The mechanisms of action for ketamine and other NMDA-receptor antagonists is one of enhancing synaptic function through a shift in activity to the AMPA receptor precipitated by non-competitive inhibition of the NMDA receptor. Administration of ketamine increases extracellular levels of glutamate in the prefrontal cortex. The resulting burst of glutamate caused by ketamine then leads to activation of the signaling machinery (stimulation of BDNF-mTORC1 cascade) that stimulates synapse formation (10). Pre-administration of rapamycin, a selective mTORC1 inhibitor, blocks these effects.

…Which Bodes Well for Relmada Therapeutics

Ketamine, colloquially known as “Special K”, is addictive and has a high potential for abuse or misuse (11). The NIMH study only tested a single dose of ketamine (12), so while the results to date have been very encouraging, researchers are a long way away from a solution. J&J is testing esketamine, the S(+) enantiomer of ketamine, for MDD, TRD, and the prevention of suicide in high-risk individuals. J&J’s clinical efforts to date have been extensive (13). The company is developing both an intravenous and intranasal formulation of the drug.
Phase 2 data with intravenous esketamine were published in Biological Psychiatry in November 2015 (14). The trial enrolled only 30 patients and tested two doses of esketamine, 0.2 mg/kg and 0.4 mg/kg, versus placebo. The primary endpoint was the change in MADRS total score from day 1 (baseline) to day 2. Of the enrolled patients, 97% (29 of 30) completed the study. The least squares mean changes from baseline to day 2 in MADRS total score for the esketamine 0.20 mg/kg and 0.40 mg/kg dose groups were -16.8 (±3.00) and -16.9 (±2.61), respectively, and showed significant improvement (P = .001) for both groups compared with placebo (-3.8 ±2.97).

J&J may be in Phase 3 with esketamine, but that does not necessarily mean they will be the market leader. Treatment-emergent adverse events in the Phase 2 trial were dose-dependent, with the most common being headache, nausea, and dissociation. The authors noted that the dissociation was transient and did not persist beyond four hours from the start of the esketamine infusion, but it concerns nevertheless. The side effects of esketamine may stem from the drug’s affinity for the binding site of the NMDA receptor. Esketamine increases glucose metabolism in the frontal lobe, which has been shown to increase dissociative or hallucinogenic effects (15).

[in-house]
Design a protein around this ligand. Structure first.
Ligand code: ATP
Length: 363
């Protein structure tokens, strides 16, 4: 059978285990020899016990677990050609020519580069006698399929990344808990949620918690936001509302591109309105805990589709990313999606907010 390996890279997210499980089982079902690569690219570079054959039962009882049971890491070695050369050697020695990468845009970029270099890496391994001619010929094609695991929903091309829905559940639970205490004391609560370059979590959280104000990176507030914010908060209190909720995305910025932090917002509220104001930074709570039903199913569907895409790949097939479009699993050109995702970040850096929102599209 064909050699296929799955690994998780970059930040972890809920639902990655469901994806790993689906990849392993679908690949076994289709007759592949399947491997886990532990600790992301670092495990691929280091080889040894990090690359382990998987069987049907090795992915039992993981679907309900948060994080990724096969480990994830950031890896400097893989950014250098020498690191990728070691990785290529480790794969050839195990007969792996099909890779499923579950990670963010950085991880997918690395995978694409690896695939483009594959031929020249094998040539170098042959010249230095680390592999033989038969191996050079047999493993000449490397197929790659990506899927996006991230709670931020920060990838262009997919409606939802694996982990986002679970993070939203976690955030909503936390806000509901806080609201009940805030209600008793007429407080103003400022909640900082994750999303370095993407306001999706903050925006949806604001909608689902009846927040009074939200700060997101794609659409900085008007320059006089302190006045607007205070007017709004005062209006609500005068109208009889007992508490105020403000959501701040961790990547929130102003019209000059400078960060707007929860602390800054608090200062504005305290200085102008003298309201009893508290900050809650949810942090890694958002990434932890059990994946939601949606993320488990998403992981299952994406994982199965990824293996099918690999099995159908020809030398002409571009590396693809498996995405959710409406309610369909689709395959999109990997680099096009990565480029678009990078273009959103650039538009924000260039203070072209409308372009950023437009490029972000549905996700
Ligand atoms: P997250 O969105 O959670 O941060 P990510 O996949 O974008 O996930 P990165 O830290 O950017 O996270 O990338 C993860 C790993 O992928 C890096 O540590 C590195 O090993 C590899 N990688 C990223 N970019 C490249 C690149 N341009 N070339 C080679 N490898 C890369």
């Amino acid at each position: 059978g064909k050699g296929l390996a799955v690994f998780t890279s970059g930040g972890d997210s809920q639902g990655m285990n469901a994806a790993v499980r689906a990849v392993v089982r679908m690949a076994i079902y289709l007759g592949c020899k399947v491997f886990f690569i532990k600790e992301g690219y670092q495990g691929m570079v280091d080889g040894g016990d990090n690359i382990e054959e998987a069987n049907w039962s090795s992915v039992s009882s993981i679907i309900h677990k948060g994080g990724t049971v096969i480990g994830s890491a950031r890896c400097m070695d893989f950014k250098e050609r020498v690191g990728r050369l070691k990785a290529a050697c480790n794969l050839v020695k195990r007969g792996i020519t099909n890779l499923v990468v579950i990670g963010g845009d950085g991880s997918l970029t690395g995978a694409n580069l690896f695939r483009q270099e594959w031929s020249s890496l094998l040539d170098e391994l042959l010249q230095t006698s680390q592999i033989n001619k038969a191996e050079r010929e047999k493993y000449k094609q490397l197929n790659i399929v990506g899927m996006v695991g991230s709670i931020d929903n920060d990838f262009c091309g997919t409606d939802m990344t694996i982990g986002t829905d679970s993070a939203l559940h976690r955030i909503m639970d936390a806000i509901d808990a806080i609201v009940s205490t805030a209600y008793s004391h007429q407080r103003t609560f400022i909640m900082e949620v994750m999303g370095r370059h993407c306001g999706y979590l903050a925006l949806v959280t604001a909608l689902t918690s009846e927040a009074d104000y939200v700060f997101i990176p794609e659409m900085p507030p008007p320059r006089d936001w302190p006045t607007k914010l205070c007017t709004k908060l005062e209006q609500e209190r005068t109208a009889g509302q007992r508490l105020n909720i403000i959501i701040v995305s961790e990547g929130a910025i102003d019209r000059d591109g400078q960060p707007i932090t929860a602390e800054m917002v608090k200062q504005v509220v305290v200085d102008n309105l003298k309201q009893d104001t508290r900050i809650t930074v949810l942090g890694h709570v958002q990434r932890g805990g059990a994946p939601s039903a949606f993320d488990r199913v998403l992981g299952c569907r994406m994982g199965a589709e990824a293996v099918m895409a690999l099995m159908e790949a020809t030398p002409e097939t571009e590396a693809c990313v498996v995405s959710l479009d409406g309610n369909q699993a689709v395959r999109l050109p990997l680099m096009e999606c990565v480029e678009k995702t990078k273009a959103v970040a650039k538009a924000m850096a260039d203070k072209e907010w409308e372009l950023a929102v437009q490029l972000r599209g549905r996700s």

There is little reason to believe the intranasal formulation will reduce these effects and is likely only in development for the convenience of administration. While certainly more desirable than an intravenous infusion, it is still far less desirable than an oral tablet. With the risk of dissociative or hallucinogenic effects, esketamine use may be relegated to a rescue therapy for patients at high risk of suicide.

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On the contrary, Relmada Therapeutic’s (RLMD) dextromethadone is an oral tablet and has a significant dosing advantage over esketamine. Dextromethadone preclinical studies have demonstrated strong antidepressant-like effects (16), whereas previous work shows the drug to have a low risk of addiction (17). Relmada recently reported preclinical data with dextromethadone in a well-validated rodent behavioral despair test, also known as the rat forced swim test (18). Results show that a single administration of the drug decreased the immobility of the rats compared to the vehicle, suggesting antidepressant-like activity larger than the effects of ketamine, also tested in the study (see the data here).

Relmada’s Phase 1 data with dextromethadone show the drug to be safe and well-tolerated (1920). Data from an independent study conducted by the Memorial Sloan Kettering Cancer Center (MSKCC) published in the Journal of Opioid Management (21) showed patient reported improvements in anxiety and well-being, with no negative cognitive effects or impact on subjects’ mental state. Relmada is currently in the process of planning a Phase 2 clinical study with dextromethadone in patients with treatment-resistant depression (TRD). In short, Relmada’s drug looks to be a better version of ketamine. It’s oral, and results so far show no concerning dissociative or hallucinogenic effects.

Allergan Scoops Up Naurex, Gets Rapastinel & NRX-1074… 

Allergan entered the market in July 2015 when it acquired privately-held Naurex for $571.7 million in cash upfront, plus up to an additional $1.15 billion in future potential milestone payments (22). The lead candidate is rapastinel (GLYX-13), a NMDA receptor modulator with GlyB site partial agonist properties. Preclinical and early-stage clinical data points to rapid and long-lasting antidepressant activity, along with potential cognitive improvements in patients with post-traumatic stress disorder (PTSD) (23). In January 2016, the U.S. FDA awarded Breakthrough Therapy Designation to rapastinel as an adjunctive treatment for MDD (24).